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Packages & Compiling
- To: Timothy.Freeman@THEORY.CS.CMU.EDU
- Subject: Packages & Compiling
- From: Rob MacLachlan <RAM@C.CS.CMU.EDU>
- Date: Mon, 12 Jan 1987 03:15:00 -0000
- Cc: common-lisp@SAIL.STANFORD.EDU
- In-reply-to: Msg of 11 Jan 1987 22:22-EST from Timothy.Freeman at theory.cs.cmu.edu
This is another thing that the compiler subcommittee should clear
up. In this case, it is not reasonable for the compiler to be
required to maintain the interpreted semantics. The problem is that
the compiler presumably uses the reader to read the source code, and
READ is not an information preserving operation.
Since CLTL doesn't admit this problem, it also doesn't properly
specify the package semantics of fasloading. There was some
discussion of this a while back, and we found that different
implementations were doing different things.
Although this part of the language is poorly specified, any
compiler which can't compile the same file twice is clearly broken.
I would "clarify" the requirement for an identical compile and
load environment to the following:
"To the extent which it matters, the package environment at the time
the compiler interns a symbol must be equivalent to the package
environment in which the loader interns the symbol."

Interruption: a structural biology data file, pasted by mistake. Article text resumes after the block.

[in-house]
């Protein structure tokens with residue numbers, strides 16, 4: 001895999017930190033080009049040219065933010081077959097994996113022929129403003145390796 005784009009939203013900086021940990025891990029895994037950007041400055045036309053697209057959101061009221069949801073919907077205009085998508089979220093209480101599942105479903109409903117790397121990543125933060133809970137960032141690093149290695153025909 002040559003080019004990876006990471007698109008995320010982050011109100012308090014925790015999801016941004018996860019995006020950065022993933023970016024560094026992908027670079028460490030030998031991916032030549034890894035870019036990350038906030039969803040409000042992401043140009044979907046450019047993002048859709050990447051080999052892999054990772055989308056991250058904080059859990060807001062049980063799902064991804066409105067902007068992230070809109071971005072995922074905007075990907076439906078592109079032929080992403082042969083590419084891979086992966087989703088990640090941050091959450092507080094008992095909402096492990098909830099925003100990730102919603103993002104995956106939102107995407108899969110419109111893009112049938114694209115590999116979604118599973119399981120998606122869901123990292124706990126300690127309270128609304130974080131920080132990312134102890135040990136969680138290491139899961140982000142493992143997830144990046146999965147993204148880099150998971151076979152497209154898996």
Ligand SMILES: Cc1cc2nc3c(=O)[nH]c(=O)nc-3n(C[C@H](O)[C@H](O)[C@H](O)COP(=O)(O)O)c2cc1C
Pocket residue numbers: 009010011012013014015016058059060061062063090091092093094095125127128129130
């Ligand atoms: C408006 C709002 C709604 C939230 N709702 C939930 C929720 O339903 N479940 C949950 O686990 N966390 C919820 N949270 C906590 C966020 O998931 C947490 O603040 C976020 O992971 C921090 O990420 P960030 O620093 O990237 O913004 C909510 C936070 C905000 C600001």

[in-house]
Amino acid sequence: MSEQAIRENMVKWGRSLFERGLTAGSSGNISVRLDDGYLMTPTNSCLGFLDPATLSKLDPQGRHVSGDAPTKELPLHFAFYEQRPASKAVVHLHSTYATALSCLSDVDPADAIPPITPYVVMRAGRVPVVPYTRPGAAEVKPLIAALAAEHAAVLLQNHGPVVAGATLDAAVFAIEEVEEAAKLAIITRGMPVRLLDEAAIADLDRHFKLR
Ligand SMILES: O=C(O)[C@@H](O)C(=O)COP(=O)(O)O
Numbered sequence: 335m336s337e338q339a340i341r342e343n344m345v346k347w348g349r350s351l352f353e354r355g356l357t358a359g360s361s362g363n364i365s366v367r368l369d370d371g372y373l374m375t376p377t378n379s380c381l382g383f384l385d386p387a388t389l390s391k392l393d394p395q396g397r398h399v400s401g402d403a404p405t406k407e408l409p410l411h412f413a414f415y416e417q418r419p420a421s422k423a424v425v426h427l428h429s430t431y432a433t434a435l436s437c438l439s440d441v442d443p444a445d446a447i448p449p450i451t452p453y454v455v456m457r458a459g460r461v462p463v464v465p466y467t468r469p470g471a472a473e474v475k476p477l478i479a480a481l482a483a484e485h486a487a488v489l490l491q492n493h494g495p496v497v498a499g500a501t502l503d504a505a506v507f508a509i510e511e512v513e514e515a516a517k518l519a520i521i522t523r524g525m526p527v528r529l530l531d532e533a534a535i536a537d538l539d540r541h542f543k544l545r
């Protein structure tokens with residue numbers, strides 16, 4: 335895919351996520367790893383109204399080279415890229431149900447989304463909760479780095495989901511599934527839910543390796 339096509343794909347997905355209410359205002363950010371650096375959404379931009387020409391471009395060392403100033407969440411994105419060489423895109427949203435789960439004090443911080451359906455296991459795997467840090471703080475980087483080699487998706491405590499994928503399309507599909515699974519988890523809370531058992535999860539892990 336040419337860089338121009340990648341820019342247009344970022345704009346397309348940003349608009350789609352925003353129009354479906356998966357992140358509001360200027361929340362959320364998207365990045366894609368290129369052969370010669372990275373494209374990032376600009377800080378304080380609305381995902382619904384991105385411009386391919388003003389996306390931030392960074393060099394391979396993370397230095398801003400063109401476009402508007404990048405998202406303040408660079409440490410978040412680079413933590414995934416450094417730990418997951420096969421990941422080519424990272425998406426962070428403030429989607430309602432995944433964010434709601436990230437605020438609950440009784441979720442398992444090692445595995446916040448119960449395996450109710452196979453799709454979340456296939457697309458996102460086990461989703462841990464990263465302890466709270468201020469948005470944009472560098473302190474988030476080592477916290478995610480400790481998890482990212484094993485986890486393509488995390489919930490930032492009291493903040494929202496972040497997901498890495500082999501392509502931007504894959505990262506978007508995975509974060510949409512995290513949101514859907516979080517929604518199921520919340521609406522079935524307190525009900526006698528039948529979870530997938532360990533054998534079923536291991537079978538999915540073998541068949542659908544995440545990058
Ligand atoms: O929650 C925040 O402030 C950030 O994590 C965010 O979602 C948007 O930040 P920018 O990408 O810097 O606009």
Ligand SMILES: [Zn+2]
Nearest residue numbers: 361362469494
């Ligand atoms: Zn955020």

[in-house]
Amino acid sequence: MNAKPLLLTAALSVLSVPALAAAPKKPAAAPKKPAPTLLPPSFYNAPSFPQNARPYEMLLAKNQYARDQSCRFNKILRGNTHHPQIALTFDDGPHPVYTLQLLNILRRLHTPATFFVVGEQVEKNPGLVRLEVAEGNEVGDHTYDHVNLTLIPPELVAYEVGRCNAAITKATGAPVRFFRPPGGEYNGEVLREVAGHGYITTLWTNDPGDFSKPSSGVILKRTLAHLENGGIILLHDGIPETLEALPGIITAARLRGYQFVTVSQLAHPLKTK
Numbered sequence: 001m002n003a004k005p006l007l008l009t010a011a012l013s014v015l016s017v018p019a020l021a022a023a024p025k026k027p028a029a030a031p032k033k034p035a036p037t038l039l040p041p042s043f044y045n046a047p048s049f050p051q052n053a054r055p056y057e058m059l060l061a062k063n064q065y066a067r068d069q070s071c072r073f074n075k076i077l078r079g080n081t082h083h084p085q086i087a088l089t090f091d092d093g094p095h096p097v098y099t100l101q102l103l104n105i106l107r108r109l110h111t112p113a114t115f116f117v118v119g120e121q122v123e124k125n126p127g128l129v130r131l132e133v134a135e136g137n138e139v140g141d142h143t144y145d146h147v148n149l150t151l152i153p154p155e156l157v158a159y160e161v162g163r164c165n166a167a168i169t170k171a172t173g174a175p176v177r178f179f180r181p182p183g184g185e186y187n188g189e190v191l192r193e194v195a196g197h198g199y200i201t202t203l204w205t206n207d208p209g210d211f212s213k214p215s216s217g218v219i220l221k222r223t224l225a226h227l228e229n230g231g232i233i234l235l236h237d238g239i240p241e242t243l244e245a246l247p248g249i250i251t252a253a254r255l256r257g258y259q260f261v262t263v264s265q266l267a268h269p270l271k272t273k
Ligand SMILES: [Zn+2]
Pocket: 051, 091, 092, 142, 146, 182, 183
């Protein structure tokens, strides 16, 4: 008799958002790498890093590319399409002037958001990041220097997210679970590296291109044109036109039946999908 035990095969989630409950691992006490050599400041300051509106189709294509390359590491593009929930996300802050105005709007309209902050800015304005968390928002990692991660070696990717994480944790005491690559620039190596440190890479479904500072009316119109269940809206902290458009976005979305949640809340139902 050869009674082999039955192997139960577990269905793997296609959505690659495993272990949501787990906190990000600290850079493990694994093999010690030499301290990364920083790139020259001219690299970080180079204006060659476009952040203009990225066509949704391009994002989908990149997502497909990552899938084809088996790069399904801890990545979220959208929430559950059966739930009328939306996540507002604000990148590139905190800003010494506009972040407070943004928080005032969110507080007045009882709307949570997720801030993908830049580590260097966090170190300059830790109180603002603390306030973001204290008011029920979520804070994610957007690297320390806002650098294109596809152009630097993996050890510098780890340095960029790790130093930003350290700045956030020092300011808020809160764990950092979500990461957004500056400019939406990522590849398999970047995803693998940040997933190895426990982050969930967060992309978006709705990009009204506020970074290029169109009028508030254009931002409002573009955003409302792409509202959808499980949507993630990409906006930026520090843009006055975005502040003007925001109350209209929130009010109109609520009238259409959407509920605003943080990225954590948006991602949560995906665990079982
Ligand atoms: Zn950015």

This requirement isn't very useful to users, since it makes references
to the times at which the interning is done by the compiler and
loader. Especially in the loader, the time of interning may be
In practice, there shouldn't be any problem as long as either:
1] The package environment used by a file is initialized using
top-level package manipulation code. The compiler will guarantee
that package operations done by such forms are properly sequenced
with respect to INTERN operations both in the compiler and the
2] Any other required aspects of the package environment are present
both at the beginning of the compilation of the file and the
beginning of the load of the fasl file.
The most common violation of these rules that I have seen it that a
user changes the package environment at load time, but doesn't use
obvious top-level package manipulation forms. In this case, the
compiler tends to get confused, causing the loader to attempt to
find packages that don't exist yet, or other bad things.
The real problem is that package manipulation forms look like ordinary
Lisp code, yet must be treated in a totally magical way by the